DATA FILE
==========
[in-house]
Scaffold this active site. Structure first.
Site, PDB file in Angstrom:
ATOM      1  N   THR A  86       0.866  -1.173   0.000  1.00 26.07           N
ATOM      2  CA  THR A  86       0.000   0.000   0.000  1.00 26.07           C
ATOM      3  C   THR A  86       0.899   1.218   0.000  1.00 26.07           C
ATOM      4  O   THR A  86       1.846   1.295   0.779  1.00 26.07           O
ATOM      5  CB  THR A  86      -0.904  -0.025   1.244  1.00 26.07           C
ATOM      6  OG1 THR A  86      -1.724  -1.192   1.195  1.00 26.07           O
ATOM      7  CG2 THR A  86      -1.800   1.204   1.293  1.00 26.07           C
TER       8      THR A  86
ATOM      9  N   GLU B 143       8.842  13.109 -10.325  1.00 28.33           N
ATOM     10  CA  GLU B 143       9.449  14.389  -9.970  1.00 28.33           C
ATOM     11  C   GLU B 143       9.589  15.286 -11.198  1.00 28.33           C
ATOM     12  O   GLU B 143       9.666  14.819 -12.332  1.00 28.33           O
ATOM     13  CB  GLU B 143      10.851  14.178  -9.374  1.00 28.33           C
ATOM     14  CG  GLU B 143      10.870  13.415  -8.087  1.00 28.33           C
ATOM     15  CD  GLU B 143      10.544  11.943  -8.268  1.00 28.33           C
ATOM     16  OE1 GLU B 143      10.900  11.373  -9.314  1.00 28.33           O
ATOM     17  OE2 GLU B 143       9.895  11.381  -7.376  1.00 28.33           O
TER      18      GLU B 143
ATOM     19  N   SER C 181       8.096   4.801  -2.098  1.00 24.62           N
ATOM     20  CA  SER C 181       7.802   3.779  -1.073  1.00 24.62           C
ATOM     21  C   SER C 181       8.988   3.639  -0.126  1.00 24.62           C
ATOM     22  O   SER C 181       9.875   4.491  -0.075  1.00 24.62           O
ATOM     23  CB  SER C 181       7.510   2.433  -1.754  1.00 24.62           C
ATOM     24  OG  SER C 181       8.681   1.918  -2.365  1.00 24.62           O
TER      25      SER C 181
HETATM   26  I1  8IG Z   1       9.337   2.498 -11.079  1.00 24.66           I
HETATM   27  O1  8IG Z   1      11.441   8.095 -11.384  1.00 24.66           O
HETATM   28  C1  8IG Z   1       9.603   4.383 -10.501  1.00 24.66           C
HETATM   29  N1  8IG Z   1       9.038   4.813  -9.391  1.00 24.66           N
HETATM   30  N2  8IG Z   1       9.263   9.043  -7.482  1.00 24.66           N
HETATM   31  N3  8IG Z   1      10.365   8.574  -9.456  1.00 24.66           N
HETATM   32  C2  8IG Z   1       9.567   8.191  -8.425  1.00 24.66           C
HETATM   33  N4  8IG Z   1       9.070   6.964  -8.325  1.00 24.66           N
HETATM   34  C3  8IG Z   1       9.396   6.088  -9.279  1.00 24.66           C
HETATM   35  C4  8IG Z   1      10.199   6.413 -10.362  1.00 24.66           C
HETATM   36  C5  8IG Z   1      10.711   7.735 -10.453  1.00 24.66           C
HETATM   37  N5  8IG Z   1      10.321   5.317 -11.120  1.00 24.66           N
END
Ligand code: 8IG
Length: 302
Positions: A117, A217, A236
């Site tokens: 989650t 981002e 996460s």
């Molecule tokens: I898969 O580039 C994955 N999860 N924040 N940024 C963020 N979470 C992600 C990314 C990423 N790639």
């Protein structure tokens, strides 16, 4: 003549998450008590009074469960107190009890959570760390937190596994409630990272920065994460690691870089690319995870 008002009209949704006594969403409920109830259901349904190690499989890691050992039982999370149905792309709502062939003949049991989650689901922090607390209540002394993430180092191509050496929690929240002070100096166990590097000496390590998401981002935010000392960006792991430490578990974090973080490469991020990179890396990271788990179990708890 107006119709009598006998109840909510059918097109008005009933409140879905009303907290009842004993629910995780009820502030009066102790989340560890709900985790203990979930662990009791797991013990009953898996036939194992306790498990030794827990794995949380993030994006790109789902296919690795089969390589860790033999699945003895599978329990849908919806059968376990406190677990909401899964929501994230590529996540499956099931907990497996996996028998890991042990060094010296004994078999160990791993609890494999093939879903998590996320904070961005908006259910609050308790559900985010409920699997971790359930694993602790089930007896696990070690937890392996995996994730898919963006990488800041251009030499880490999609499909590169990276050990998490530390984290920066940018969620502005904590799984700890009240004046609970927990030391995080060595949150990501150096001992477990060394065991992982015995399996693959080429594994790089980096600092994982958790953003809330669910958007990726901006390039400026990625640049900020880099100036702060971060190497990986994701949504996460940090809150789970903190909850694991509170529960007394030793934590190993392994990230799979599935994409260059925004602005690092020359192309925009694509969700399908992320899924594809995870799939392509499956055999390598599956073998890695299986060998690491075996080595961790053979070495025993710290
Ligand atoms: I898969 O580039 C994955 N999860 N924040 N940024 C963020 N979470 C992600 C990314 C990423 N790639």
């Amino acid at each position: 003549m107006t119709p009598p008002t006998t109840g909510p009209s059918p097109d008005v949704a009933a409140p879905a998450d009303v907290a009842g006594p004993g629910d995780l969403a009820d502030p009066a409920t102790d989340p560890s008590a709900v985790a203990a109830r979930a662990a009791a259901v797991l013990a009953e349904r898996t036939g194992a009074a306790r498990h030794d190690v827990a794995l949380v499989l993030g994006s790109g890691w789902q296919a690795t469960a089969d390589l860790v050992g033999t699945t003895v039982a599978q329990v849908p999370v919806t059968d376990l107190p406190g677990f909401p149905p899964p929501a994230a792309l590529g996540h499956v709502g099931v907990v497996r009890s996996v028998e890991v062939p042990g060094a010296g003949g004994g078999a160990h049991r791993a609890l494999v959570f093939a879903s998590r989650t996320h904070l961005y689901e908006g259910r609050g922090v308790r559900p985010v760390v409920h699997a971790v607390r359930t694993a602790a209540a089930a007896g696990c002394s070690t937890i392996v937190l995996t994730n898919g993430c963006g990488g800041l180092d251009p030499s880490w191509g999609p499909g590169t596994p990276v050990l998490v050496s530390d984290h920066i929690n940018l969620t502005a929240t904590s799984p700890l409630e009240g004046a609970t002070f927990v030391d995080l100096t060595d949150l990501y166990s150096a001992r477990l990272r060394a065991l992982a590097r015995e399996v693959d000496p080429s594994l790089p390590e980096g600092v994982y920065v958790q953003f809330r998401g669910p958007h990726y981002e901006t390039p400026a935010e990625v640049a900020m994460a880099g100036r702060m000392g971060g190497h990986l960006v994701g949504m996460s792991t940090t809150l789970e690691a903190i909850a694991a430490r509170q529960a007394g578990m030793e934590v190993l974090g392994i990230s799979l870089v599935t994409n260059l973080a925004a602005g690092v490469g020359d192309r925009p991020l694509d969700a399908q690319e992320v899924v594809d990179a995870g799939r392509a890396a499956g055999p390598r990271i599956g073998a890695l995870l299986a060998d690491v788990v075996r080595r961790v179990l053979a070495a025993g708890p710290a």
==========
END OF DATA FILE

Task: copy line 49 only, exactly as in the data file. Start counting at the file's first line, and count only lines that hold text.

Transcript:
């Amino acid at each position: 003549m107006t119709p009598p008002t006998t109840g909510p009209s059918p097109d008005v949704a009933a409140p879905a998450d009303v907290a009842g006594p004993g629910d995780l969403a009820d502030p009066a409920t102790d989340p560890s008590a709900v985790a203990a109830r979930a662990a009791a259901v797991l013990a009953e349904r898996t036939g194992a009074a306790r498990h030794d190690v827990a794995l949380v499989l993030g994006s790109g890691w789902q296919a690795t469960a089969d390589l860790v050992g033999t699945t003895v039982a599978q329990v849908p999370v919806t059968d376990l107190p406190g677990f909401p149905p899964p929501a994230a792309l590529g996540h499956v709502g099931v907990v497996r009890s996996v028998e890991v062939p042990g060094a010296g003949g004994g078999a160990h049991r791993a609890l494999v959570f093939a879903s998590r989650t996320h904070l961005y689901e908006g259910r609050g922090v308790r559900p985010v760390v409920h699997a971790v607390r359930t694993a602790a209540a089930a007896g696990c002394s070690t937890i392996v937190l995996t994730n898919g993430c963006g990488g800041l180092d251009p030499s880490w191509g999609p499909g590169t596994p990276v050990l998490v050496s530390d984290h920066i929690n940018l969620t502005a929240t904590s799984p700890l409630e009240g004046a609970t002070f927990v030391d995080l100096t060595d949150l990501y166990s150096a001992r477990l990272r060394a065991l992982a590097r015995e399996v693959d000496p080429s594994l790089p390590e980096g600092v994982y920065v958790q953003f809330r998401g669910p958007h990726y981002e901006t390039p400026a935010e990625v640049a900020m994460a880099g100036r702060m000392g971060g190497h990986l960006v994701g949504m996460s792991t940090t809150l789970e690691a903190i909850a694991a430490r509170q529960a007394g578990m030793e934590v190993l974090g392994i990230s799979l870089v599935t994409n260059l973080a925004a602005g690092v490469g020359d192309r925009p991020l694509d969700a399908q690319e992320v899924v594809d990179a995870g799939r392509a890396a499956g055999p390598r990271i599956g073998a890695l995870l299986a060998d690491v788990v075996r080595r961790v179990l053979a070495a025993g708890p710290a």